Hamlet's Evil Habits

Hamlet s Evil Habits

It is said that if you practice something enough times or long enough it will become a habit, and most times become part of the way you live your life. Hamlet is the main character in the play, Hamlet written by William Shakespeare who experiences this event of the mind taking control of the body. Hamlet lets his phony mindset slowly corrupt his brain to become something that he by heart is not. An evil and corrupt man. Hamlet s portrayal of evil leads him to become suspicious of everybody around him, hide his true affection for Ophelia, which ultimately leads to the death and slaughter of everybody in Hamlet s surroundings.

When evil thoughts plague the mind it is expected that people become suspicious of the other people around them. Hamlet s evil charade made him suspicious of Rosencrantz and Guildenstern. He wondered why they were so keen on finding out his reasoning behind the play and his ultimate scheme of plans. Hamlet then began to see right through them and grew furious with their attempts to get information from him.

Hamlet: Why, look you now, how unworthy a thing you make of me!

You would play upon me; you would seem to know my stops;

you would pluck out the heart of my mystery; you would

sound me from my lowest note to the top of my compass:

Sblood, do you think that I am easier to be played on than a pipe?

Call me what instrument you will, though you can fret me, yet you

cannot play upon me. (3:2: L354-363)

Later on in the play has them killed in England as a result of his built up anger and evil. Hamlet was also very suspicious that Claudius might try something after the play when Hamlet entered his mother s room. It was too late for whom he suspected was Claudius, was a blood dripping Polonius lying on the floor of Gertrude s room. Hamlet s newfound evil ways caused him to become too jumpy and suspicious of every one in his environment.

To become truly evil, it must be evident in all relationships and seen present in all things that are being done. Hamlet slowly begins to incorporate all signs of evil by rejecting the one who he claims to love. Although Hamlet s evil and hatred is mostly an act, it starts to take over his body and brain as he rejects Ophelia and leads her to madness.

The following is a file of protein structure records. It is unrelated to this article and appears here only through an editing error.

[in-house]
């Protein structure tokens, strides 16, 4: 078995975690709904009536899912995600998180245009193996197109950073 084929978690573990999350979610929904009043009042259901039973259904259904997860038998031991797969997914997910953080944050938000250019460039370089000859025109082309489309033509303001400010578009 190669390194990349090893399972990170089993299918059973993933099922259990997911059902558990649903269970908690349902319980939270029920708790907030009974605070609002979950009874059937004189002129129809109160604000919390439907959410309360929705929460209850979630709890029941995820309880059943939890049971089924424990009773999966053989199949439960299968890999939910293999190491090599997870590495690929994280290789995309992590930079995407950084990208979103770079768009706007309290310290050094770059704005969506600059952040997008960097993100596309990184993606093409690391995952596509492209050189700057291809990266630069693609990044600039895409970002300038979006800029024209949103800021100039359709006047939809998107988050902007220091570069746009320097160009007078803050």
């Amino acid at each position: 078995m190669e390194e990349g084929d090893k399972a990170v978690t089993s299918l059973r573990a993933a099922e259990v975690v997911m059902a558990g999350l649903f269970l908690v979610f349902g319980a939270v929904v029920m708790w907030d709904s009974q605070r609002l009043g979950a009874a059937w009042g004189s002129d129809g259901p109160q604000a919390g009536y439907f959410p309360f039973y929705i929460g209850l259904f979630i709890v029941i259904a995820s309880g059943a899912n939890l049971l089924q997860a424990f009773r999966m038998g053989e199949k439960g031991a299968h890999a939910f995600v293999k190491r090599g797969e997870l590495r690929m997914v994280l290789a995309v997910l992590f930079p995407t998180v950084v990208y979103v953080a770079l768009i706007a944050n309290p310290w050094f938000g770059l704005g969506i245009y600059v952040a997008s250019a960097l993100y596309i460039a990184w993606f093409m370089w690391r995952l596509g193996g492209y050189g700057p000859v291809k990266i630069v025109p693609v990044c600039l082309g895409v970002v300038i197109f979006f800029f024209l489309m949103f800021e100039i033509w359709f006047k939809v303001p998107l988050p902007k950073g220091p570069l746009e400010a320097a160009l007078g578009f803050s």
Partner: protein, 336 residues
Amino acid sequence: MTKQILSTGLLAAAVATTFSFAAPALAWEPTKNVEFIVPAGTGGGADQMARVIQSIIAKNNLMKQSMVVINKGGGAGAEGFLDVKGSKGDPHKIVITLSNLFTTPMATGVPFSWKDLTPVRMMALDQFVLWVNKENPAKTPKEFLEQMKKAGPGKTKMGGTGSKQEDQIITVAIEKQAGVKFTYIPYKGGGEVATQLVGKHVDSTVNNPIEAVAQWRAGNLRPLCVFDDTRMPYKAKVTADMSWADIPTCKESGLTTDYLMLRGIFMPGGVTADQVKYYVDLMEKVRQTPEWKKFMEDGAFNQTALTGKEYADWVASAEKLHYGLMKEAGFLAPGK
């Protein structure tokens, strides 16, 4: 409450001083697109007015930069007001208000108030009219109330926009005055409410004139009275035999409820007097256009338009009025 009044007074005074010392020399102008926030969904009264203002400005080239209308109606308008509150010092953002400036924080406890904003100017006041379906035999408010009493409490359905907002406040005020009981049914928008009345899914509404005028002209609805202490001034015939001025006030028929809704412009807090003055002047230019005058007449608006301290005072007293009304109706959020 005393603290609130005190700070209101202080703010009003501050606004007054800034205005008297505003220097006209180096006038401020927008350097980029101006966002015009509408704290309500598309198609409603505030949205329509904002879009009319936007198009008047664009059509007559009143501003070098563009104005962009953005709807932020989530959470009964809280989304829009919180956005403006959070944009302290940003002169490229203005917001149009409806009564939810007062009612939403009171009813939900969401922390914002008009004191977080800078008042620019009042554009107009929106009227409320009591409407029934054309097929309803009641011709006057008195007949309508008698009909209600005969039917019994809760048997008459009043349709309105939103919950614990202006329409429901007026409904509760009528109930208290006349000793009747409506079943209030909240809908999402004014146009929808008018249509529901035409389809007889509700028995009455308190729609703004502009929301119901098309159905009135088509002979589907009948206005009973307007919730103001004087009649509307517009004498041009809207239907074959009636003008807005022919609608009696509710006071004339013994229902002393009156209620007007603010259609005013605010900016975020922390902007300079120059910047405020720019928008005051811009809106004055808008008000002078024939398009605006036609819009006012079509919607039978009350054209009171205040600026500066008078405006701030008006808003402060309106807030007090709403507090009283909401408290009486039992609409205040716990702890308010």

Ophelia [sings]: To-morrow is Saint Valentine s day,

All in the morning betime,

And I a maid at your window,

To be your Valentine.

Then up he rose, and donn d his clothes,

And dupp d the chamber-door;

Let in the maid, that out a maid

Never departed more. (4:5: L47-54)

Ophelia was broken in two when Hamlet pretended to not love her. She was so upset that she began recalling times of when Hamlet rejected her. Hamlet s act of madness made a turn for the worse as it truly affected his love, Ophelia and drove her to madness and then suicide.

Even though you develop habits through constant repetition, sometimes your true self comes out. Although deep inside Hamlet isn t evil his constant practice leads him to death and to finally kill what has caused his madness. Through all the hesitation and procrastination of Hamlet s true self. His evil state of mind overpowered his instincts and gave him the anger to finish what his mind had started.

Hamlet: Here, thou incestuous, murderous, damned

Dane, Drink off this potion. Is thy union here?

Follow my mother.(5:2:L318-320)

Hamlet finally gained the mindset needed to end all his madness, which eventually ended up killing himself too. Hamlet held back his true self to complete what he deeply wanted to accomplish with his evil act.

Constant repetition will surely make things become second nature and a habit to your everyday life. Hamlet s constant act of evil slowly made him become what he was looking to make everyone believe. That he was an insane man with no cause. He lost many friends, and loved ones in the act, but to an ultimately evil person that doesn t matter. To an evil person nothing matters except the evil deeds you commit. Hamlet s true self holds him back from doing what he must do, but when he does he realizes to late that nothing good can come from a constant practice of evil.

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